Recreational tourism

The entertainment and events sector in Saudi Arabia is undergoing a major transformation. The market, valued at around $800 million, is expected to expand to $1.12 billion by 2026. This growth is attributed to a significant increase in recreational activities, highlighted by lifting the decades-long cinema ban, establishing the Media City in Riyadh, and launching Saudi Seasons with various events like concerts and races.

In 2023, the total number of visitors to events and entertainment activities exceeded 72 million, a 17% increase from 2022. In the same year, 5,406 entertainment events were held, including diverse shows and live performances in restaurants and cafes. Audience participation rates provide tangible measures of the sector's growth (e.g., attendance at Riyadh Season increased from 2.5 million in 2019 to over 10 million in 2023).

This year alone, major events and concerts, including Riyadh Season, Diriyah E-Prix concerts, the Red Sea International Film Festival, the FEI World Cup Finals, the Saudi International E-Commerce and Retail Show, and many more, are set to take place, further illustrating the sector's dynamic growth.

Sports events

Saudi Arabia is set to host a series of significant sports events in the coming years, most notably the 2034 FIFA World Cup. Other major sporting events to be held in Saudi Arabia include the Winter Olympics, the Asian Games, the AFC Asian Cup, the Asian Winter Games, the Asian Challenge Cup, Formula 1, and other international events.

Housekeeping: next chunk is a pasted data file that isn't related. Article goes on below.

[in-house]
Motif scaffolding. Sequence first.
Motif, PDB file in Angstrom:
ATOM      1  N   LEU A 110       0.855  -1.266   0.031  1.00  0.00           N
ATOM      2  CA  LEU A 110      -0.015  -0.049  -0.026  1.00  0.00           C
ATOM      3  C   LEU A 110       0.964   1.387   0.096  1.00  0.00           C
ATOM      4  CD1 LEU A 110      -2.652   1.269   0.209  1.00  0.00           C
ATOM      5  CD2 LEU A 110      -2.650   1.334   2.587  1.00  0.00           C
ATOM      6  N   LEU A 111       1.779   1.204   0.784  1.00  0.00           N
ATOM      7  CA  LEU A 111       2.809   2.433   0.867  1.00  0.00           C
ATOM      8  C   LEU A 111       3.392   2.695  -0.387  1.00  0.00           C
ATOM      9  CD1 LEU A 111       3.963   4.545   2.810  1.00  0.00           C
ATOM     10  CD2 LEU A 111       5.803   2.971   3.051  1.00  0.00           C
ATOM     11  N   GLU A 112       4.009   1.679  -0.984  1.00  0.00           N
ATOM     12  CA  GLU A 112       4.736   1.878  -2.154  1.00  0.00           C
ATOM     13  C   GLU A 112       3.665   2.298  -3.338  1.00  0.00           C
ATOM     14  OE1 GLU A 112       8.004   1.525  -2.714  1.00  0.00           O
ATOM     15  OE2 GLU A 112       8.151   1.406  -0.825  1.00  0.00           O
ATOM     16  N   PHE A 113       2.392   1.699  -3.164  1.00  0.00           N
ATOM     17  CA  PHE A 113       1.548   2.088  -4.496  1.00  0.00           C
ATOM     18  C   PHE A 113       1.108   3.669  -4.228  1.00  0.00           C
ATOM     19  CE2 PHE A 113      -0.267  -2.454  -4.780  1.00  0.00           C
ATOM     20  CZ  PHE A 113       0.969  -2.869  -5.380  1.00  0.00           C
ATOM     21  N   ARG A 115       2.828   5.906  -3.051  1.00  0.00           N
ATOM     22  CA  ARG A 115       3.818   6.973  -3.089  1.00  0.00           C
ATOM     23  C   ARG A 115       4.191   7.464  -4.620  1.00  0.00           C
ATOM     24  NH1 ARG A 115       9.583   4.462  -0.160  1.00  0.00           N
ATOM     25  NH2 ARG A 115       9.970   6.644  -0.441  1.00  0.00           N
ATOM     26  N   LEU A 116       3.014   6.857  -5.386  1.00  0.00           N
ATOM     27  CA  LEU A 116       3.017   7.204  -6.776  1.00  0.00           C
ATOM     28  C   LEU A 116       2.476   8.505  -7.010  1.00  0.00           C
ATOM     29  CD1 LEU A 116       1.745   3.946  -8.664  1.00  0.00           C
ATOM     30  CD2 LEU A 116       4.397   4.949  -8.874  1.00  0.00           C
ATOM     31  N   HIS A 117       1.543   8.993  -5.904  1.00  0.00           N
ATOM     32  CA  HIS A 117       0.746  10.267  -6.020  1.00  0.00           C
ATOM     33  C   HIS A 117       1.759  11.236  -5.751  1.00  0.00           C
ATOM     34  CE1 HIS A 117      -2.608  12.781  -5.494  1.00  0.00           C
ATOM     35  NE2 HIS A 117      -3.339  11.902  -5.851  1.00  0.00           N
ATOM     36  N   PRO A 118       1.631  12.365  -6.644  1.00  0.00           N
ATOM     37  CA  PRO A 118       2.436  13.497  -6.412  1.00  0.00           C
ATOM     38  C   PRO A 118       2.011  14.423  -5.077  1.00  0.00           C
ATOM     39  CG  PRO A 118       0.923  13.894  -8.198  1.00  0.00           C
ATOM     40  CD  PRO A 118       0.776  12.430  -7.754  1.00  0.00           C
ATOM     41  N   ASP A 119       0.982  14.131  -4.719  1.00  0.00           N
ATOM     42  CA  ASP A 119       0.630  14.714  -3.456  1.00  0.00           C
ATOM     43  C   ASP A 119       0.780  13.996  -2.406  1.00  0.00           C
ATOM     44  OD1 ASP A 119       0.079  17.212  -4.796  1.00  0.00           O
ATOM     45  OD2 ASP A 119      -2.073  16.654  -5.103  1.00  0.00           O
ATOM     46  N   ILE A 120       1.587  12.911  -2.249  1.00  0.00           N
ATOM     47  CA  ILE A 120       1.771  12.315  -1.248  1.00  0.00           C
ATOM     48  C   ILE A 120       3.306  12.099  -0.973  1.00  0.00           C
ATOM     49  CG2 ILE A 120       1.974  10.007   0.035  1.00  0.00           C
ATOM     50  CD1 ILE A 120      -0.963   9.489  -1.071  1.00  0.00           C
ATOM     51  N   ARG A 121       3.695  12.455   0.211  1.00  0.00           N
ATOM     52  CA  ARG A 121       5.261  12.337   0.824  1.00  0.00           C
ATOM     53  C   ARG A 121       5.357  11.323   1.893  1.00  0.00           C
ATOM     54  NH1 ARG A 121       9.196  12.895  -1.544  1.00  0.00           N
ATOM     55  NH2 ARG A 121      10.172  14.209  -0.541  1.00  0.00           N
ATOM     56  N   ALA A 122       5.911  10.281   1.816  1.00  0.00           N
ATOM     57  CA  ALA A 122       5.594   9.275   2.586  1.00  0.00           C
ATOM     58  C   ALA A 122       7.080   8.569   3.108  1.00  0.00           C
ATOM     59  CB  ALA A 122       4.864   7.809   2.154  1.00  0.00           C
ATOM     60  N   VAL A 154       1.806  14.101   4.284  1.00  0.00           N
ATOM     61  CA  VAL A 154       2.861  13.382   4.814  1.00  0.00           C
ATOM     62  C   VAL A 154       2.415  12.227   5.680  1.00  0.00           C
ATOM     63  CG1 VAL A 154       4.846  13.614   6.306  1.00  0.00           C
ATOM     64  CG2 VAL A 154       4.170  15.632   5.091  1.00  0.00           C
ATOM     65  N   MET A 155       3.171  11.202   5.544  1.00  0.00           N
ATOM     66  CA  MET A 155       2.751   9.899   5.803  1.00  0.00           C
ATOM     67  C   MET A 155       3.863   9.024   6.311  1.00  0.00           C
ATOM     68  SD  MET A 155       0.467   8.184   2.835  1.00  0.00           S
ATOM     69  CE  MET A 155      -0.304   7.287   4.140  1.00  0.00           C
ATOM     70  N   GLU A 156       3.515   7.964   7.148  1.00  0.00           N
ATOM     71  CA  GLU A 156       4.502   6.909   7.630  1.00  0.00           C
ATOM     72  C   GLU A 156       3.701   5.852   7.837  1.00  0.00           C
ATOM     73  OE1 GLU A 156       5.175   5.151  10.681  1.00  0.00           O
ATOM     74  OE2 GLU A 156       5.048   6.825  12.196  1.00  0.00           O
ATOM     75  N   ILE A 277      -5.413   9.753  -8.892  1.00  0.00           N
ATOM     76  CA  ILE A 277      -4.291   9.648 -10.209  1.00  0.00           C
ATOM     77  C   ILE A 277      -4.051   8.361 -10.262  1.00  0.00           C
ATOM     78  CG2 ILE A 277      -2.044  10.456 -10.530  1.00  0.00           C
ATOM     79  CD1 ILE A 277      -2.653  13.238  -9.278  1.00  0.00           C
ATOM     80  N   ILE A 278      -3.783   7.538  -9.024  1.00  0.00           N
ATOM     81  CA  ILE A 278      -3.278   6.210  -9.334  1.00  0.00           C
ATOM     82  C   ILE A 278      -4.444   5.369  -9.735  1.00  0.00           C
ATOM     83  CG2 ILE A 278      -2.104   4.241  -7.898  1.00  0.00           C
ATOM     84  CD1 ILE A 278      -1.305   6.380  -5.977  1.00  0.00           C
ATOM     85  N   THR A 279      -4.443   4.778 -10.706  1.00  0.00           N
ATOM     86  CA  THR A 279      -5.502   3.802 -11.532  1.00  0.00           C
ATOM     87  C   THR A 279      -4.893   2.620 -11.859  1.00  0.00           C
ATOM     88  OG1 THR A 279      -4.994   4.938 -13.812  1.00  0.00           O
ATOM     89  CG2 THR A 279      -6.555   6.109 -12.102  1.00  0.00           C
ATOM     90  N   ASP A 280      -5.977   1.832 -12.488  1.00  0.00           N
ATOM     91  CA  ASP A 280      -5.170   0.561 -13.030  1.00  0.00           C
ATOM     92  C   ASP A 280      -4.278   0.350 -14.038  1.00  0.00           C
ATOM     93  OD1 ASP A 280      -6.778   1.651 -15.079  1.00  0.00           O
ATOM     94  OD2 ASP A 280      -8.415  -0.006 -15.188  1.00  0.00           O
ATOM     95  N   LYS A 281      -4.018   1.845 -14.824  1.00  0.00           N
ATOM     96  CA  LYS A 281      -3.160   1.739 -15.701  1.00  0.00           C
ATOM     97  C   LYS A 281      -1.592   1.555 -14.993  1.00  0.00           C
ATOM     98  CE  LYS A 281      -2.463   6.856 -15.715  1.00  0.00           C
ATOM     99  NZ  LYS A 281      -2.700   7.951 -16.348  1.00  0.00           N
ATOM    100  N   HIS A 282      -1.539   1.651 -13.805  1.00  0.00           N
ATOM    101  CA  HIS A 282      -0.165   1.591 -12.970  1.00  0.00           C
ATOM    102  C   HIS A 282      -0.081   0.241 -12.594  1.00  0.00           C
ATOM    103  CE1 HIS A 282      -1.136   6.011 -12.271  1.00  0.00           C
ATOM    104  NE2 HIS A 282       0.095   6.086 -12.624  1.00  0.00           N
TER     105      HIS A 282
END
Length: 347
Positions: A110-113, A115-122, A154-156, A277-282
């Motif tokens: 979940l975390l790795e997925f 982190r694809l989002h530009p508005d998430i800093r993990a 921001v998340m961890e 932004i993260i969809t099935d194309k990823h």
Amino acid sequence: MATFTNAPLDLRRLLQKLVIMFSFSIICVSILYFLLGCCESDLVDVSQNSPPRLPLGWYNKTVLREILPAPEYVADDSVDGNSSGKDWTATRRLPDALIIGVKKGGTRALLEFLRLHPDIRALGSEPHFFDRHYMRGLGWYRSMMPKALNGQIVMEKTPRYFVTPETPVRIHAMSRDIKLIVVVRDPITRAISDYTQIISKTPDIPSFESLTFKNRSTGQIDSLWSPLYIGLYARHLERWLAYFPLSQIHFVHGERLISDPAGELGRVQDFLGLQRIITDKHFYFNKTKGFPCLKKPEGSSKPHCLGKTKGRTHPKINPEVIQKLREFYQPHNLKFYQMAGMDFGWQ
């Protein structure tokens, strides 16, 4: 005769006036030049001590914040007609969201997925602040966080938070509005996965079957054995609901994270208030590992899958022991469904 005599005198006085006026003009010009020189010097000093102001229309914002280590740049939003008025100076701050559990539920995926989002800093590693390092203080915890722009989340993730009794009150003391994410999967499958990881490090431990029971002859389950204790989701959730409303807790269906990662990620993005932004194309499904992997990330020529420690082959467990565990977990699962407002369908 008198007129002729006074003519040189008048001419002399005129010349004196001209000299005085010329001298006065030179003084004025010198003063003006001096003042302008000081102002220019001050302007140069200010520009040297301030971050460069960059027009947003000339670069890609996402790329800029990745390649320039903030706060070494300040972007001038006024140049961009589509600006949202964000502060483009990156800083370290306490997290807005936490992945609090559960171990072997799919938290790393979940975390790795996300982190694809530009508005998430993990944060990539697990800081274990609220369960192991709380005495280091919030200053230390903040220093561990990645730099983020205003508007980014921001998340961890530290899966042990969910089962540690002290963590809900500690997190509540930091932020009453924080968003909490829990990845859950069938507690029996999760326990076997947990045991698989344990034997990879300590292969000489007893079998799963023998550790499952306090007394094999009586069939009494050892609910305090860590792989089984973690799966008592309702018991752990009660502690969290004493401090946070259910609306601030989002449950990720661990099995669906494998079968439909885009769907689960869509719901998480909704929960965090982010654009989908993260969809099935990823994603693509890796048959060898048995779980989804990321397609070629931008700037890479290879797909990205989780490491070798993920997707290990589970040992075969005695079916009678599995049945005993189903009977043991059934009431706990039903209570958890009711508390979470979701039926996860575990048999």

In addition to traditional sports, the National Gaming and E-sports Strategy aims to establish Saudi Arabia as a global hub for gaming and esports, targeting up to 10 million visitors by 2030.

Business travel

Historically, business trips contribute to 9% of tourist visits to Saudi Arabia. In 2018, four million business travel visits were recorded, and the current goal is to increase the number of business trips to 10-11 million by 2030.

Hotel infrastructure

The hotel market in Saudi Arabia is one of the strongest globally, expected to reach $62.57 billion by 2030. The Kingdom is now the leading country in the Middle East and North Africa for the construction of new hotels, even surpassing the United Arab Emirates. The Kingdom plans to expand the tourism sector by adding 315,000 hotel rooms by 2030 at a cost of $37.8 billion, bringing the total to around 450,000 rooms.

In line with its policy of 'greater openness', Saudi authorities have allowed foreign tourists to stay in its hotels without needing to prove the family relationship, including marriage, through documentation. Previously, Saudis and foreigners wishing to stay in a hotel in the Kingdom had to prove their family relationship should a man and woman wish to share a hotel room. Although restrictions have eased for foreigners, Saudi nationals are still required to prove their relationship status.